Last month, I wrote about SalesforceIQ in this blog post. Actually, I basically spent the whole time declaring my love for the app and its impressively long list of features. The goal with today’s post is to clarify some of the bigger picture questions about the application and provide some insight on how to use SalesforceIQ Starter for your business.
First, to reiterate, there are two major “flavors” of SalesforceIQ:
SalesforceIQ Starter is in!
And RIP to Group Edition.
SalesforceIQ Starter is Salesforce’s new basic CRM offering. It replaces the venerable old Group Edition. And I LOVE that fact. Group Edition was a pared down version of Salesforce that had just enough functionality to make you want to buy the Professional Edition, but with all the complexity of setting up an Enterprise Edition instance. In other words, the complexity of setup far outweighed the advantages offered by the tool.
BUT NO MORE! SalesforceIQ Starter now fills that gap nicely. It’s simple to set up–import some data, get your users in, and go. I’m a big fan of the speed and simplicity of the way it works, and I can think of a lot of small businesses that don’t have a CRM that can benefit from setting this up. The screenshot below is from Salesforce’s own Pricing and Editions page. Bam, there it is!
So what about the other version?
The other version is an add-on and enhancement for current Sales Cloud users. It exists in the form of a mobile app (now on Android!) and Chrome Plugin (for Gmail users only so far). The comments below are based on my own research and recent conversations with some knowledgeable industry insiders.
Will I have to pay for the Chrome extension?
These tools are in beta. They are currently fully functional and will connect to your Gmail account and Salesforce org to allow for all of the features I blogged about in my last post. It is unknown at this time whether they will become a separate, paid offering, or if they will become a value add to the Sales Cloud.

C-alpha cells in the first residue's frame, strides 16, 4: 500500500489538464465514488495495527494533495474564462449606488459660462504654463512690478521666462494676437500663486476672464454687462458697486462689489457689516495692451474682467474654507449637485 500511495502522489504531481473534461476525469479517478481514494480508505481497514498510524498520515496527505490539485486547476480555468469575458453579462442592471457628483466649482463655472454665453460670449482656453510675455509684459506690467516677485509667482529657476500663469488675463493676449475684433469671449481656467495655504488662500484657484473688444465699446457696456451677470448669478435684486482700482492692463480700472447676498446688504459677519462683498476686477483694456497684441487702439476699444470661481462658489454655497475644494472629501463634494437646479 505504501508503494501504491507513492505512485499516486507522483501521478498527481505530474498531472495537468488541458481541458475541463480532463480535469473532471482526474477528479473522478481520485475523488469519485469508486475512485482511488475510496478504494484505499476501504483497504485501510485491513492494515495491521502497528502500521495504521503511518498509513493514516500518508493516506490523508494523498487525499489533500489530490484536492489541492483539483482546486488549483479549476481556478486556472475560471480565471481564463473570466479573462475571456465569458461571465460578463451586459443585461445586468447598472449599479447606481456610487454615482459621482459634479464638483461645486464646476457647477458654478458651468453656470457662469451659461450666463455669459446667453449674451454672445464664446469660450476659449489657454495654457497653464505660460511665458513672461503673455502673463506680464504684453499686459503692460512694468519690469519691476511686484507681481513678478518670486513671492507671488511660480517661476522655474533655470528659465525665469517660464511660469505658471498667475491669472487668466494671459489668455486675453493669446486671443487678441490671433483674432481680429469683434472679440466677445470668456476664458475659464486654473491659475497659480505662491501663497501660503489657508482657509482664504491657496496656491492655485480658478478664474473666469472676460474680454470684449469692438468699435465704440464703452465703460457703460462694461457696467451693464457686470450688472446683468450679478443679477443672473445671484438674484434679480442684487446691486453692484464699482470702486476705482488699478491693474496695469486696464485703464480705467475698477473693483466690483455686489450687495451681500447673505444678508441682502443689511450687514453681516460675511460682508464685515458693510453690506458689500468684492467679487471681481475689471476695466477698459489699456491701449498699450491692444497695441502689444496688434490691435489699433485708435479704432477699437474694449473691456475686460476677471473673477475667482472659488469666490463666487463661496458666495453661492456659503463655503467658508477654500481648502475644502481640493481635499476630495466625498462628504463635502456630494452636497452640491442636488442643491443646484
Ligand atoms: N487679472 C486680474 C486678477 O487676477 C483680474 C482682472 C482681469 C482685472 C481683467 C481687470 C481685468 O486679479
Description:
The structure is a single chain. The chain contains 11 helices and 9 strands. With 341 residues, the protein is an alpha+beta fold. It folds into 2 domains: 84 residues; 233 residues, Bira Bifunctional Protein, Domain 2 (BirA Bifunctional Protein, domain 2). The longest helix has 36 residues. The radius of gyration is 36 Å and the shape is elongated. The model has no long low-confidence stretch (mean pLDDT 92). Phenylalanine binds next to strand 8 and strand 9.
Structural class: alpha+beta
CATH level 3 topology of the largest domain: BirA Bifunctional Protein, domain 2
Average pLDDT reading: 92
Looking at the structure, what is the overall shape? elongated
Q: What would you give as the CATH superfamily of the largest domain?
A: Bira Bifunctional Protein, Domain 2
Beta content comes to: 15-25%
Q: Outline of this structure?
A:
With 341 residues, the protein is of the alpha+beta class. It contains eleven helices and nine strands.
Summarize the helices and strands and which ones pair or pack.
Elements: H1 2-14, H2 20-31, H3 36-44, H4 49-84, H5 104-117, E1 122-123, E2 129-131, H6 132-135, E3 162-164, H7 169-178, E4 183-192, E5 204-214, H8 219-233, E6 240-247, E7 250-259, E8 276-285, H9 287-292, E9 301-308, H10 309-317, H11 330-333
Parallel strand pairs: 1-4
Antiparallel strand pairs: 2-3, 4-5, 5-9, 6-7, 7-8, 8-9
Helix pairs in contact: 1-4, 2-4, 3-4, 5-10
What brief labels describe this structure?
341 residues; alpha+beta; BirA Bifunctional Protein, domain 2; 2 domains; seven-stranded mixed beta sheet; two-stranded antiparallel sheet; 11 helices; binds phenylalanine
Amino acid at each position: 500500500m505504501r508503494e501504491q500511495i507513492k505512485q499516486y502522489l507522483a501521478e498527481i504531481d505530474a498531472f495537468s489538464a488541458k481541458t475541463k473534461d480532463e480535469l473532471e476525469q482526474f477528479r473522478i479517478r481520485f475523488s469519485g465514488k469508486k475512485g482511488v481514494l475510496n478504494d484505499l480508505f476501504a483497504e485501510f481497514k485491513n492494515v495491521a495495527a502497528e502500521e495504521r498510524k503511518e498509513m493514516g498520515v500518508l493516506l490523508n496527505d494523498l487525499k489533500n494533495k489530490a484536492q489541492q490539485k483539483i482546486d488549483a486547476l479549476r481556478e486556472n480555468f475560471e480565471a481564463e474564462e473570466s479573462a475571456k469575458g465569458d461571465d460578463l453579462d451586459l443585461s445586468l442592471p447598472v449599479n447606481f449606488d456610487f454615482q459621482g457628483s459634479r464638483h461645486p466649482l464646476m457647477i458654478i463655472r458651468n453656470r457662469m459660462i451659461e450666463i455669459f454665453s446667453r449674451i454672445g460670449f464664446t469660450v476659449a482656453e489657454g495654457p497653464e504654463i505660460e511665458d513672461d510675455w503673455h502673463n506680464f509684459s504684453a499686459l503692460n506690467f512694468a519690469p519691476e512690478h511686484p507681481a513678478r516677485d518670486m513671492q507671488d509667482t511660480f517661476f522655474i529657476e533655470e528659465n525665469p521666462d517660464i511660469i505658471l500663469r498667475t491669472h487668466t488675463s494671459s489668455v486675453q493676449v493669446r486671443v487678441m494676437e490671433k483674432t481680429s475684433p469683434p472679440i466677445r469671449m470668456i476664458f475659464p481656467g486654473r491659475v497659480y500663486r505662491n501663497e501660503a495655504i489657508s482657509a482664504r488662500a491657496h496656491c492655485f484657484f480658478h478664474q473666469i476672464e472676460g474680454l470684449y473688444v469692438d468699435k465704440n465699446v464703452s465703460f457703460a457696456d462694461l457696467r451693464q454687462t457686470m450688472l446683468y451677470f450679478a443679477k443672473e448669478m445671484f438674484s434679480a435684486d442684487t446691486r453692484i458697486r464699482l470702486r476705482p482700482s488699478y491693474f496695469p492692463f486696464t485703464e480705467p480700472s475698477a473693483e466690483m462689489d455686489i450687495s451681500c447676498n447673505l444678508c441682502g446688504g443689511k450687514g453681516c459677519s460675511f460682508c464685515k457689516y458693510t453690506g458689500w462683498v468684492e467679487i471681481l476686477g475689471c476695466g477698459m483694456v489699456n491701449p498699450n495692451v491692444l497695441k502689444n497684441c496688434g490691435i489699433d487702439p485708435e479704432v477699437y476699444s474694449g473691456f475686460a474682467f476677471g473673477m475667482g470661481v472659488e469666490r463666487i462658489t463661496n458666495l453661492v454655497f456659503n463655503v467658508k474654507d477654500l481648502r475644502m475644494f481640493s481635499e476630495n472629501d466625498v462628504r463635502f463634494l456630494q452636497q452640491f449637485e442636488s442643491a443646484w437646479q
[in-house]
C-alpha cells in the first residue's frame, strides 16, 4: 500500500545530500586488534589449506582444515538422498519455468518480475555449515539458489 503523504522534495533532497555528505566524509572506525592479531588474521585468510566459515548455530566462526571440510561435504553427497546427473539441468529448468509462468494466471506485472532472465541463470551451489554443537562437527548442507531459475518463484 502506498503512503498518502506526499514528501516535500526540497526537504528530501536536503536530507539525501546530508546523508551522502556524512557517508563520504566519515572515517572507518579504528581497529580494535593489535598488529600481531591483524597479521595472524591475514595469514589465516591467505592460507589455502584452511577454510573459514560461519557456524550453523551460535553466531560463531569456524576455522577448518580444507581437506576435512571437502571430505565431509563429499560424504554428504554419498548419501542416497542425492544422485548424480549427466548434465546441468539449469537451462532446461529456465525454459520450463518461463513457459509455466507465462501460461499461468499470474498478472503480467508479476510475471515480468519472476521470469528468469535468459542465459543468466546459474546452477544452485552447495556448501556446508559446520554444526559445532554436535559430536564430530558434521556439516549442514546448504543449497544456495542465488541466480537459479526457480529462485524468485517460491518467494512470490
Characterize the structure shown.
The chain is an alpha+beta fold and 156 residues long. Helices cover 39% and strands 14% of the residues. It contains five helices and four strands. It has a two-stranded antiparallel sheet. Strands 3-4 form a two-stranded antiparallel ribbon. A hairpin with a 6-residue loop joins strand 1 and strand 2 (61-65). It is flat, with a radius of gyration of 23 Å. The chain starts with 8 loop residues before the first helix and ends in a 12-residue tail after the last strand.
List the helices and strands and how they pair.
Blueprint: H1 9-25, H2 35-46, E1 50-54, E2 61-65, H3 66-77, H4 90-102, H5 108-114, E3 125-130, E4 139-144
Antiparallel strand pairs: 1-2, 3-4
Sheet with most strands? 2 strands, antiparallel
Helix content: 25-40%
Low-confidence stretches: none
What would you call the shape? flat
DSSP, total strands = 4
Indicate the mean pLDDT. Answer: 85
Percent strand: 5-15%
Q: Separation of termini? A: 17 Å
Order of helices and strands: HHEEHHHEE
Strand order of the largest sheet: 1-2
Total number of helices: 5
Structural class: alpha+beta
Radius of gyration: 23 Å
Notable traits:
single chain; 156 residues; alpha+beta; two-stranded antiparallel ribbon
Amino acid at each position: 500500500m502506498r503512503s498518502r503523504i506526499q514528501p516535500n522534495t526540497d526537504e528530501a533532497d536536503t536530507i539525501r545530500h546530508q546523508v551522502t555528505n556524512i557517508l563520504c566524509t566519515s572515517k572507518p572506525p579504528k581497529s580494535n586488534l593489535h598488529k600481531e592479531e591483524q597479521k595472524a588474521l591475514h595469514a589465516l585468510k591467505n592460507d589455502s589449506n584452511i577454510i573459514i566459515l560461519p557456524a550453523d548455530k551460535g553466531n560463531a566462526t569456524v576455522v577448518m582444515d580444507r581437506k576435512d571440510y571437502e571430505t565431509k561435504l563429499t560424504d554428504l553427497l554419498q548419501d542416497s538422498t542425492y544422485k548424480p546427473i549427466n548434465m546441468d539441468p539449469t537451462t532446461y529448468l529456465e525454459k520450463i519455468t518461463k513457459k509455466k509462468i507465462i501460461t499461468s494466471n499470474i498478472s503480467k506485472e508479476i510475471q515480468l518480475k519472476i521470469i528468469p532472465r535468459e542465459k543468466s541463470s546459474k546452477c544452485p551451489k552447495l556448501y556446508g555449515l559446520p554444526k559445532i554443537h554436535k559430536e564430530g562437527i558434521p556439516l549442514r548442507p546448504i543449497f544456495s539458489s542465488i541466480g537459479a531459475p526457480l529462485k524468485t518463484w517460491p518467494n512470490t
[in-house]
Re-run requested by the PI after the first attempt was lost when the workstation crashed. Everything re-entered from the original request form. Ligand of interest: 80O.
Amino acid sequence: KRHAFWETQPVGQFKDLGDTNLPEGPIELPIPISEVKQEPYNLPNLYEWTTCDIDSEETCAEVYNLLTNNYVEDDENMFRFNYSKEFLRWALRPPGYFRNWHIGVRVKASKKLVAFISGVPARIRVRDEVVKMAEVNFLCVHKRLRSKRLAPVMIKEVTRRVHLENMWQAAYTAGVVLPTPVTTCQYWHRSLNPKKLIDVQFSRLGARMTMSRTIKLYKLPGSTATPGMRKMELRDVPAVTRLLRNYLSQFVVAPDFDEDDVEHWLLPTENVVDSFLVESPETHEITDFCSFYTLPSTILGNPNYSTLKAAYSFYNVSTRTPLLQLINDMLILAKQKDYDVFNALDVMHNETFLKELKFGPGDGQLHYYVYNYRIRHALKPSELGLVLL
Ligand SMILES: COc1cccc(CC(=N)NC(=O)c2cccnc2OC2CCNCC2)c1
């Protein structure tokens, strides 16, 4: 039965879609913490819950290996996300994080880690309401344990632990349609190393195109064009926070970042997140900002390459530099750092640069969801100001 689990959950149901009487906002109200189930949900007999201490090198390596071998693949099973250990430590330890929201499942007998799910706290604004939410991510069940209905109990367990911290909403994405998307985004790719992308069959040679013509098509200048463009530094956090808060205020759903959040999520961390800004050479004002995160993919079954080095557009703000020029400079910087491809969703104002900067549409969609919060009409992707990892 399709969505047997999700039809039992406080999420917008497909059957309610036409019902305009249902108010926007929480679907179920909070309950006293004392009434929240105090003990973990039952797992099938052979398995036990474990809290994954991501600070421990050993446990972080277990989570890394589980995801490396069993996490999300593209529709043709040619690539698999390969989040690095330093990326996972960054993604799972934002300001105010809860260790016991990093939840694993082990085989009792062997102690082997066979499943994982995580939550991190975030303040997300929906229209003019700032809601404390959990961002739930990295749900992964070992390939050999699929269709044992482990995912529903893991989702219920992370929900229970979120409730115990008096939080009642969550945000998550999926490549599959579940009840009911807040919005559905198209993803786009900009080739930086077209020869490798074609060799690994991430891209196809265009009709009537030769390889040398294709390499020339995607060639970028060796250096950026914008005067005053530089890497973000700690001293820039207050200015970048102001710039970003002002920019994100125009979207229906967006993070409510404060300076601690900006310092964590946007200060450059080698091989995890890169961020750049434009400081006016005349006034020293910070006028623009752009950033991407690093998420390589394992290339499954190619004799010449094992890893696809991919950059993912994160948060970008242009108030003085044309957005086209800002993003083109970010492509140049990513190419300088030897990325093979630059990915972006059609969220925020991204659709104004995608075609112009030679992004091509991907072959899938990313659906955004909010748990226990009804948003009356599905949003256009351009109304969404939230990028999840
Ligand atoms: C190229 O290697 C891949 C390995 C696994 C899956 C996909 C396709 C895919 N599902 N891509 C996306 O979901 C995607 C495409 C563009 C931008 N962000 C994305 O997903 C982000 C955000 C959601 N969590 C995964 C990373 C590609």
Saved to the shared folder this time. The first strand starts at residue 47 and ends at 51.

What about the Mobile app–will I have to pay for that?
Same answer, currently in beta (and free!). It may become a paid or subscription offering in the future, so this is TBD.
We’re an Exchange shop and don’t use icky Google. Will it work with that?
Not at this time. My information indicates that a desktop Outlook client is a high priority item for the team, but, at the time of writing, it hasn’t yet been released. As a side note, I’m really looking forward to this. It might be a great way to enable a lightweight connector between Outlook and Salesforce and leverage some of the newfound Salesforce/Microsoft love they’ve been touting.
Should I even bother installing these apps if I might have to pay for them?
Heck, yes! They’re free right now and really stable. I found a few small things that I posted to the Idea Exchange for the product. The dev team is rapidly iterating the product, and I’ve seen a few updates come over already in the past month.
So, in Conclusion…
SalesforceIQ is a big productivity enhancer. In whatever form you can, get it. It’s either going to introduce you to CRM through the SalesforceIQ Starter package or enhance your current Sales Cloud use through all of the neat features that it brings to the table. It’s easy to install and get going, but if you are looking for help, Red Argyle is happy to work with you on getting this app out to your team.